Tuesday, January 18, 2005


When people live together in a society, there are invariably problems. Each individual, seeking their own personal flourishing, is apt to do whatever it takes to get what they want. In a society like this, life itself is impossible. In a society where one must watch one's back constantly, trust no one, and sleep with on eye open, no one can achieve the flourishing that they desire.

If, though, we can mutually agree to assure each other's safety in a sort of social contract, then we are all able to pursue the flourishing that we desire. When an individual in this society agrees to abide by simple rules against harm to others, they assure their own safety and freedom from harm.

While this initially seems contrary to the ethical theory I have promoted, it is in fact very in keeping with it. Assuming that all people in the society are seeking their own self preservation and the best possible life they can achieve, they will realize that the best possible life is not possible when subject to the whims of other, potentially irrational people. Yes, a situation might arise in which the best thing for one's own life would be to take another's, and a social contract like I propose would prohibit this, but the total utility of a secure society far outweighs whatever gains might be had by taking someone's life. Put simply, a social contract against harm to others is a non-zero-sum game.

It does not, though represent a Nash equilibrium. In a society where all abide by the rule of non-harm, one person breaking the rule stands to benefit over the others. The benefit and non-zero-sumness of the equation still stands, and rational people continue to desire the non-harm contract. Enter government, who we, the people, bestow the power of power upon in order to protect our safety. Looking at an isolated case, we can take the prisoner's dilemma; assuming that both prisoners stay silent, then they both stand to achieve the best possible outcome, but the Nash equilibrium would dictate that they both confess. If we bring in a third party to enforce non-harm between them, both stay silent and both can be certain of achieving the best possible outcome. Bringing in the third party, the enforcer, the government, pays off for everyone involved.

This right to life that the government gives brings with it a variety of things. First of all, on is unable to procure their own flourishing, the best possible life for themselves, without the ability to choose and act for themselves. Individuals know best what they want, need, and desire, and thus require the freedom necessary to achieve those things. Additionally, individuals need to be certain that the things they need to live, e.g., shelter, food, and water, cannot be arbitrarily taken from them, as this would be tantamount to taking life itself away. Necessary to a right to life is the right to private property. This is the true and real meaning of "life, liberty, and the pursuit of happiness (or property)."

Sadly, our current permutation of government has taken this rationale too far. The non-zero-sumness of this game is clear, but power-hungry politicians have corrupted the logic and tried to extend it to education, welfare, transportation, infrastructure, and agriculture. Any sort of game outside of the preservation and assurance of one's own life becomes entirely zero-sum. As an example, imagine the prisoner's dilemma with a third prisoner, one who was an accomplice who knew nothing and is up for 10 years of prison. The only way this third prisoner could have his sentence reduced is if one of the original two prisoners tacked additionally time on to their sentence, taking it from the third prisoner's sentence. They stand to gain only more time in prison while the third prisoner only stands to win as much as they lose. Sound familiar? It is the totally zero-sum game of the welfare state.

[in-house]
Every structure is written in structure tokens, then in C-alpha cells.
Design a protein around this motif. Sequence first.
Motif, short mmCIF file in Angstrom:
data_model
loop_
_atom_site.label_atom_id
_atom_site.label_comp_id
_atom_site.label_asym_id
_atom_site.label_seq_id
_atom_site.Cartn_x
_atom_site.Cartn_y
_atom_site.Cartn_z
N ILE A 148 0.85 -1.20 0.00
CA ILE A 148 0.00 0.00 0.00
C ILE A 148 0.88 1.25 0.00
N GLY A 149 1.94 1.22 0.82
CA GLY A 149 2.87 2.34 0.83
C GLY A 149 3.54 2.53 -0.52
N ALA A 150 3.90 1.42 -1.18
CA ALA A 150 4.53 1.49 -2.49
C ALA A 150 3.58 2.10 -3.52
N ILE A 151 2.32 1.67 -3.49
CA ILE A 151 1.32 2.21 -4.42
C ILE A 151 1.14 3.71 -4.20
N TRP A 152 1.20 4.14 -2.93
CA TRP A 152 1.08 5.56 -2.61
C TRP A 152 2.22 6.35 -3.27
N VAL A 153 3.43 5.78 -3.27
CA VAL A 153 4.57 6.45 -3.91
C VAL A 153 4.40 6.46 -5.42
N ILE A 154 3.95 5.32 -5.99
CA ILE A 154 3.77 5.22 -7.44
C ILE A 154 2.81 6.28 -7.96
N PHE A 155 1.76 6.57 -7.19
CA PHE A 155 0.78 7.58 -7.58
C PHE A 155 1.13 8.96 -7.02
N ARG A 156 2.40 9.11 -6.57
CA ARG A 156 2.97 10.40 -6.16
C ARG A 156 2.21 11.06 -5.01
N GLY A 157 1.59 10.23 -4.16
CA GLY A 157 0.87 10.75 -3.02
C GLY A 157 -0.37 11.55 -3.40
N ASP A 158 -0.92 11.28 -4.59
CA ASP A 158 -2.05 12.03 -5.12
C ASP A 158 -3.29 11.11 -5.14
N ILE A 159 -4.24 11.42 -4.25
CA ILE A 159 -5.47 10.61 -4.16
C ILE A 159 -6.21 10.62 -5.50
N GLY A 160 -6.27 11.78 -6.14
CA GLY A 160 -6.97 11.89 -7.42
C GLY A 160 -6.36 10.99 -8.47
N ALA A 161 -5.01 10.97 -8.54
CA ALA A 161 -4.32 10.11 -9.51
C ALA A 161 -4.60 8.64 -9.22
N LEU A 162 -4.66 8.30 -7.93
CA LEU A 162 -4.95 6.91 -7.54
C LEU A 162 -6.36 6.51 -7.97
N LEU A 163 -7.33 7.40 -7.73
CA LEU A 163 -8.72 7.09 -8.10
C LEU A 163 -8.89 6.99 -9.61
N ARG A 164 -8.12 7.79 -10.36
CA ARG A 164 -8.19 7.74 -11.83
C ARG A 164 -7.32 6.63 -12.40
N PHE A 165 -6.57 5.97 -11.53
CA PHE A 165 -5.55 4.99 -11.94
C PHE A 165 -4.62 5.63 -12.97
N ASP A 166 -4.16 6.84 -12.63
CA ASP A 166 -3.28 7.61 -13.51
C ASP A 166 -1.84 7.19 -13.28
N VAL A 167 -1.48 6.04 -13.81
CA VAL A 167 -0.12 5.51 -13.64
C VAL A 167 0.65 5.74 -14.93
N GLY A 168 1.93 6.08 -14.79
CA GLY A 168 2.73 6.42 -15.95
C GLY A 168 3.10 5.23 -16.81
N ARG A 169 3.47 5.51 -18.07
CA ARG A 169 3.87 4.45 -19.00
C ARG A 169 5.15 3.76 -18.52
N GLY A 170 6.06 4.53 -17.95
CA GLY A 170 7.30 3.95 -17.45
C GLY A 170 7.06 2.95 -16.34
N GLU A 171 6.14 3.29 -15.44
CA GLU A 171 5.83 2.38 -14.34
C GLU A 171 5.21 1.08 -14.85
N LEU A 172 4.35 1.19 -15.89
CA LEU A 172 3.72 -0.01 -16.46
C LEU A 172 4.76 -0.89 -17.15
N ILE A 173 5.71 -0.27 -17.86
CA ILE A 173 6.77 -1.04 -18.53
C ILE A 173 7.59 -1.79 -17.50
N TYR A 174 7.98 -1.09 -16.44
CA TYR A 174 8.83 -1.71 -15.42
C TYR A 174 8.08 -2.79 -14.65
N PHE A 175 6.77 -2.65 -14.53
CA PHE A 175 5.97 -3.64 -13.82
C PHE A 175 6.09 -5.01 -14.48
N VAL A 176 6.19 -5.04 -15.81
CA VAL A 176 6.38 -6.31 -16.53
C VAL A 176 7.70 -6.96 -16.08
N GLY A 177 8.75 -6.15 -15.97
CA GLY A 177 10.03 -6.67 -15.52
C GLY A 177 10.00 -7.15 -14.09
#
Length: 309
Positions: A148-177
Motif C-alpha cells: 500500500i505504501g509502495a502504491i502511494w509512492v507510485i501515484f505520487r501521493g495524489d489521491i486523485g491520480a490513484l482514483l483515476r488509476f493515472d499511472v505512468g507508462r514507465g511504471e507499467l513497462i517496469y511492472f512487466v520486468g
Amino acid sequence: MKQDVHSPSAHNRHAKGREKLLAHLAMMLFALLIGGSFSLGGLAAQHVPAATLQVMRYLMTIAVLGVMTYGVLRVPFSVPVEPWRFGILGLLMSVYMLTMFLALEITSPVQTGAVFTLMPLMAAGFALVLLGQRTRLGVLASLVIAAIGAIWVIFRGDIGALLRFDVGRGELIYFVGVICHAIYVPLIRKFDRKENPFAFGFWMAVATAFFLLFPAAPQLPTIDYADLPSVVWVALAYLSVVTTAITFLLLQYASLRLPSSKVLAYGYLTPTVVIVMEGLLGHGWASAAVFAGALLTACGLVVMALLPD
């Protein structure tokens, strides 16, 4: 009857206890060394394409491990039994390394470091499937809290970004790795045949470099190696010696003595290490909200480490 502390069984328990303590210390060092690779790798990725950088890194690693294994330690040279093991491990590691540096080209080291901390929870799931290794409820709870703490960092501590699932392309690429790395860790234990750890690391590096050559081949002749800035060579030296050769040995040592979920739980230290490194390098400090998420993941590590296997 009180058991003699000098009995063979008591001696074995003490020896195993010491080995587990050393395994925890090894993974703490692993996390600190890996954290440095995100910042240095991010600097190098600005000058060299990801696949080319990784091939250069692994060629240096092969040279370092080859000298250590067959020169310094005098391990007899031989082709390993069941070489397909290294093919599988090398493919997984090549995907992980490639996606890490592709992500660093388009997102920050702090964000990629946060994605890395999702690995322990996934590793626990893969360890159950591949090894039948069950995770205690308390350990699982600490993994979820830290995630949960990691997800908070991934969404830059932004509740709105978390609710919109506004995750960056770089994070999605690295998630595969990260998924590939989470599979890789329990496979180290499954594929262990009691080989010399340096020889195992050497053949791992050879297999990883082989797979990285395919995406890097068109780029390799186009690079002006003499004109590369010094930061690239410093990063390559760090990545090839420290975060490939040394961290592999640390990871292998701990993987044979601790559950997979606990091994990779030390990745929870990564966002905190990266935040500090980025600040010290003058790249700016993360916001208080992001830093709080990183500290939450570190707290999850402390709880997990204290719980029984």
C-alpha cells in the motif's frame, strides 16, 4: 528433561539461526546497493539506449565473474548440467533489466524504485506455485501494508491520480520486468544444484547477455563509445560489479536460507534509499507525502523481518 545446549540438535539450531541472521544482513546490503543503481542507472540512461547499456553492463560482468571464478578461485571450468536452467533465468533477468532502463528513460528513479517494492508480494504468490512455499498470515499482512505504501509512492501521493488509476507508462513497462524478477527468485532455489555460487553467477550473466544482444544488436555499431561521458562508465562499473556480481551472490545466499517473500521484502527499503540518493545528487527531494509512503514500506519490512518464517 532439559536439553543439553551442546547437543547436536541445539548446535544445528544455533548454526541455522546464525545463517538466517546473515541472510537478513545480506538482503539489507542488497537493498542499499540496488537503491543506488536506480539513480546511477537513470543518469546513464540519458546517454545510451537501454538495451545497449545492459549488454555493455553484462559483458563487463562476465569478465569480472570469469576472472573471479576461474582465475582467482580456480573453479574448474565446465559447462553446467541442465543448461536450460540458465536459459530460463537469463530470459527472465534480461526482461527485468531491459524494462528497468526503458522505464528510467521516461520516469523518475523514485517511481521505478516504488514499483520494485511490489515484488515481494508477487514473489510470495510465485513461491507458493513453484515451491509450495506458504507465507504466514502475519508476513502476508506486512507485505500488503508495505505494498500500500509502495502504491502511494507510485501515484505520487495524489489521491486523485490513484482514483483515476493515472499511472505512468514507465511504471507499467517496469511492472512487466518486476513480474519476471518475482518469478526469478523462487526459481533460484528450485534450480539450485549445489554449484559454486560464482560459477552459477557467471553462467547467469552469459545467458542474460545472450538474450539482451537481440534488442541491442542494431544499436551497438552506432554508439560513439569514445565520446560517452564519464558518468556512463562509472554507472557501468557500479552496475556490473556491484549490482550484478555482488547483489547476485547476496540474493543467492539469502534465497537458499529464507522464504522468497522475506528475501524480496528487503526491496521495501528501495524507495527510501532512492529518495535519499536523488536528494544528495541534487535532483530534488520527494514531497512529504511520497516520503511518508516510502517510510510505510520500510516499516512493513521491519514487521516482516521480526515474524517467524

The specifics of this system will continue to be worked out in later posts, but for now the conclusion is clear: the sole purpose of our government is the preserve the central right to life of its citizens, including the corollary rights to freedom and the pursuits of happiness and property. This government, and only this type of government, creates a non-zero-game for everyone involved.


Anonymous Anonymous said...

Does the Pareto improvement to your many-player prisoners' dilemma require that the social contract be forced upon everyone by a monopolist? Can we imagine contractual negotiations between players that alter the incentive structures so as to arrive at the Pareto efficient solution as a Nash equilibrium? If many sets of these contracts are negotiated between players, why is a single enforcer necessary?

12:19 PM  
Blogger RCowan said...

I believe that is what a third party does; it causes the Pareto effiecent outcome to also be the Nash equilibrium. I can imagine that in certain circumstances the negative by-prouducts to choosing an otherwise beneficial action would cause someone to make a different choice even without the influence of a monopolisitc third party, but it seems clear that it is in most circumstances that the third party itself creates these negative by-products. In terms of the prisoner's dilemma, it is the existance of a third party policing the two players that creates the potential negative by-products to choosing to confess. It might be possible to create a social contract (by way of societal norms or something like that) under which these same effects could be had, but I cannot see how it would be more stable than a central authority that ensures our Nash equilibruims are always our Pareto efficent outcomes.

6:00 PM  

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